How to become a Paramedic

Paramedics provide pre-hospital emergency care, treatment and specialised transport for patients.

Personal requirements of a Paramedic

  • Able to remain calm and control emotions in stressful situations
  • Able to think clearly and act quickly
  • Good level of health and fitness
  • Good analytical and problem-solving skills
  • Able to work alone and as part of a team
  • Able to follow instructions and guidelines
  • Good communication and interpersonal skills
  • Clear decision-making skills and good judgement
  • Caring, tolerant and non-judgmental attitude
  • Enjoy working with people from diverse backgrounds
  • Committed to developing and maintaining skills

Education & Training for a Paramedic

To become a paramedic you usually need to complete a degree in paramedic science or paramedic practice at university. To get into these courses you usually need to gain your Senior Secondary Certificate of Education. Prerequisite subjects, or assumed knowledge, in one or more of English and mathematics are normally required. Contact the institutions you are interested in for more information.

Additional Information

Before undertaking the clinical placements required by the courses, students will need to obtain a National Police Certificate and a Working with Children Check, and undergo medical and physical capacity checks. Contact the universities you are interested in for full details.

Duties & Tasks of a Paramedic


  • drive ambulances to sites of medical emergencies and accidents that may require the administration of advanced life support
  • lift and place patients on stretchers, load the stretchers into ambulances and transport patients to hospital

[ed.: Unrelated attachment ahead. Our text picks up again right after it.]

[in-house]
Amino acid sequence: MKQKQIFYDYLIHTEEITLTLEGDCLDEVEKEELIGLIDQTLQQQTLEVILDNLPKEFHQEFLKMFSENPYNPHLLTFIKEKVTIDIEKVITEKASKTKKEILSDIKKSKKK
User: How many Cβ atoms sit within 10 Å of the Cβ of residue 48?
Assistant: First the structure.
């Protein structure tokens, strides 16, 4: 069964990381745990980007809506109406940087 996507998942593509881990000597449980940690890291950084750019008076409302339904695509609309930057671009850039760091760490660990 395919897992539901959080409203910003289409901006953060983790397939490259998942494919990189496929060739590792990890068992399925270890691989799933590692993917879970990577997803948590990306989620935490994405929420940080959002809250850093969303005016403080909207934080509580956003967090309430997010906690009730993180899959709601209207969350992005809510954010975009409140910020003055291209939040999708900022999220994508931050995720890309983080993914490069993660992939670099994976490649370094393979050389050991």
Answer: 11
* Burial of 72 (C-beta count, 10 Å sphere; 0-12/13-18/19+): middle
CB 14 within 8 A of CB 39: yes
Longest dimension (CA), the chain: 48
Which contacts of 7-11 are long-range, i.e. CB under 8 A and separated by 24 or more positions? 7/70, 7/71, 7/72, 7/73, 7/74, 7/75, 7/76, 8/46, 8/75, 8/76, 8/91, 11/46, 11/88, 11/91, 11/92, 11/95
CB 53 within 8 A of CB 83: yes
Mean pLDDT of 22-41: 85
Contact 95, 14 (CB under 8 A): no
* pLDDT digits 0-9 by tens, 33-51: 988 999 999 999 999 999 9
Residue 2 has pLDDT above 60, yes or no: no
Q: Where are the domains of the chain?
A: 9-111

• assess and treat patients at the site and on the way to hospital
  • administer pain-relieving drugs and replace fluids, often by inserting tubes into veins
  • prepare patient care records and other written reports on the state of patients' injuries and the treatment provided
  • attend public gatherings, such as large sporting events, where accidents or other health emergencies may occur
  • provide routine transport for patients between home and hospital (for patients requiring further treatment or specialised treatment such as occupational therapy and chemotherapy, for example)
  • perform daily vehicle and equipment checks, making sure that medical supplies (including drugs) are accounted for and that equipment and ambulances are in good working order.

Working conditions for a Paramedic

Paramedics work in teams and in shifts, and in all kinds of weather conditions. They are required to assist at a range of incidents, including motor vehicle accidents and medical emergencies inside and outside domestic premises, building sites and public areas. They may work in confined spaces, such as under vehicles and buildings, and at sites of hazardous material accidents, such as fires and chemical spills. They work closely with members of other emergency services such as firefighters, police and the State Emergency Service (SES).

Employment Opportunities for a Paramedic

Paramedics can be based in metropolitan areas or in rural locations. Competition for available places is very strong.

Avg. weekly wage:


Future growth:

Very strong

Employment by state:


NSW NSW 31.4%

NT NT 1.7%


SA SA 6.9%

TAS TAS 0.8%

VIC VIC 23.3%

WA WA 10.8%

Hours worked:



Lower unemployment

Gender split:

Male 56%

Female 44%

Education level:

Highest qualification is a Diploma or Advanced Diploma: 42.2%

Highest qualification is a Bachelor degree: 43.8%

Highest qualification is a Postgraduate Diploma or Graduate Certificate: 14.1%

Age brackets:

15-19 - 0%

20-24 - 6%

25-34 - 34.8%

35-44 - 27.1%

45-54 - 22.3%

55-59 - 3.6%

60-64 - 6.2%

65 and Over - 0%

*The data above is sourced from the Department of Employment’s Job Outlook website.

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